Gregg Popovich’s actions have long proven he wants an adversarial relationship with the media. The media has an opposite desire. This causes public friction as each side strives for its goal.
The dance has been playing out for two decades in San Antonio. Popovich has led the Spurs to five NBA titles in that time. The success has not softened his steely resolve to make reporters look silly.
He was in prime form Thursday night after Oklahoma City eliminated his team.
The reporter’s response should have been, “No, Gregg. I am not coaching. I am doing my job, which is to ask you questions.”
Alas, that rebuttal didn’t happen as it seemingly never does. Popovich’s bully behavior is rarely challenged — perhaps because he’s demoralized the press into a point of eternal submission.
Popovich is free to conduct himself in any way he pleases. The rest of us are also within our rights to point out that he’s a jerk. Or, at the very least, acts like a jerk.
Oddly, this opinion is not the prevailing one when it comes to the cantankerous coach. Somehow, his shtick of being intentionally difficult and embarrassing others has ingratiated him with people. They either find it refreshing or charming or view it as some sort of righteous payback to Big Bad Media.
Let’s be fair. Answering dumb questions from agenda-driven scribes in vulnerable times is not an enviable activity. And, yes, some of the questions Popovich has been asked in his 20 years as a head coach have been poor. But his struggle is not unique. It’s the same one faced by most athletes and coaches in professional sports.
Popovich is paid handsomely to coach his team. That is just one aspect of his job. Fulfilling media requirements is also required. He does not conduct himself in a professional manner in that arena.
That’s not an opinion. It’s a fact.
Last night’s question about lineup strategy is about as fair a postgame query as they come. Some may find a 67-year-old’s reluctance to field it without personally insulting the reporter amusing. I don’t.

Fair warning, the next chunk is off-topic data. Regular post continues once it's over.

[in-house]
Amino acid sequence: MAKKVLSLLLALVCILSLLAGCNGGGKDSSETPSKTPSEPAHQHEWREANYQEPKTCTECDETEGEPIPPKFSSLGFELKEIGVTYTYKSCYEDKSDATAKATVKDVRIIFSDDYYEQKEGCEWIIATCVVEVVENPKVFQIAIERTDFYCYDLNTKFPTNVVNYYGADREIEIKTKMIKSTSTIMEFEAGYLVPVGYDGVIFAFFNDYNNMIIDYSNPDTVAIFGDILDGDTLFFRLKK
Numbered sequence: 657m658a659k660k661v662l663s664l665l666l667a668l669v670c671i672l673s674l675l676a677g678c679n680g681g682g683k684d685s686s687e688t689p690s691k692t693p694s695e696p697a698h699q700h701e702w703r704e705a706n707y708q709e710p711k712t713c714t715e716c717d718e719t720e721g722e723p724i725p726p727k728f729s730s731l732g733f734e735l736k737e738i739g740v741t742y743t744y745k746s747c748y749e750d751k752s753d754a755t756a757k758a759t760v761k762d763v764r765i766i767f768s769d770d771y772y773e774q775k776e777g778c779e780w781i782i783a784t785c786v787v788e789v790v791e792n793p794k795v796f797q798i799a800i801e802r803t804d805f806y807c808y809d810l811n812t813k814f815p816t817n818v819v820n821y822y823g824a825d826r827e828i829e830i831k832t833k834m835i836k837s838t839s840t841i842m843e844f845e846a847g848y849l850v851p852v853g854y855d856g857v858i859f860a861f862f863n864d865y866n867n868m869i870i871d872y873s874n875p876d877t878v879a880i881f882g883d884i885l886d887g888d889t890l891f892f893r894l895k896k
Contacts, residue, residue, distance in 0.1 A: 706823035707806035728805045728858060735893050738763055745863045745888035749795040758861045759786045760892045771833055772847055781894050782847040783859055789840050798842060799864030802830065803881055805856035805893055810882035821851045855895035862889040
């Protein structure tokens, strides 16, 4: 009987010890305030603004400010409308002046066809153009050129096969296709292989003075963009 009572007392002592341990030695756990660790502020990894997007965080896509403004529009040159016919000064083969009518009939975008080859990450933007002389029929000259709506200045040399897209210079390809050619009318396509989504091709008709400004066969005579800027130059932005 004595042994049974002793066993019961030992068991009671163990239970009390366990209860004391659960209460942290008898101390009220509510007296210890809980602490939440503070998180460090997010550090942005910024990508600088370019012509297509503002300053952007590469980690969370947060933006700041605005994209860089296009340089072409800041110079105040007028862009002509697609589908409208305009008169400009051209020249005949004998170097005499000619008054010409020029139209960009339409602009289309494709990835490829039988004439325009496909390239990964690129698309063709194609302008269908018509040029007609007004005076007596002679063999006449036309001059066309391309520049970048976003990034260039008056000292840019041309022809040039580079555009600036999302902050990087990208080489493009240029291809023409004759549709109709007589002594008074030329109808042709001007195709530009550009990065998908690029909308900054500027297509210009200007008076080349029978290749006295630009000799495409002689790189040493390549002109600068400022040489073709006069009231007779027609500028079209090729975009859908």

The NBA’s popularity means he gets a bigger paycheck. Popularity means there is interest. Being polite for a few minutes every day seems like a fair trade on the back end.
A major reason why is because I believe the pro-Popovich crowd doesn’t understand the role of the media. They are there, ostensibly, to get answers for the fans at home who don’t have access. When Popovich is dismissive and unresponsive to them, it’s not just a slap in the face to those is the interview room. In extension, it’s a slap in the face to Spurs fans and others at home who want some insight.
Credentialed media is an easy punching bag. There’s a growing sentiment that they aren’t needed. The truth of the matter is: information-gathering is a skill. Websites like this one daily stand on the shoulders of their work. They are typically underpaid and overworked.
How they became the villain is confusing. The same people who think the entity has grown obsolete eat up every interesting nugget it produces and discuss it ad nauseam around water coolers.
Both Popovich and his defenders are biting the hand that feeds them.
We should take a step back and question if a basketball game is worth demeaning others over. Popovich is not conducting brain surgery or participating in some noble endeavor. He’s coaching a for-profit team in a for-profit league.
I fully understand the reasons dealing with media is an annoyance to a coach like Popovich. I simply fail to understand why he gets a free pass for his behavior. There are ways to say nothing. See Bill Belichick. Getting personal and nasty is a different story.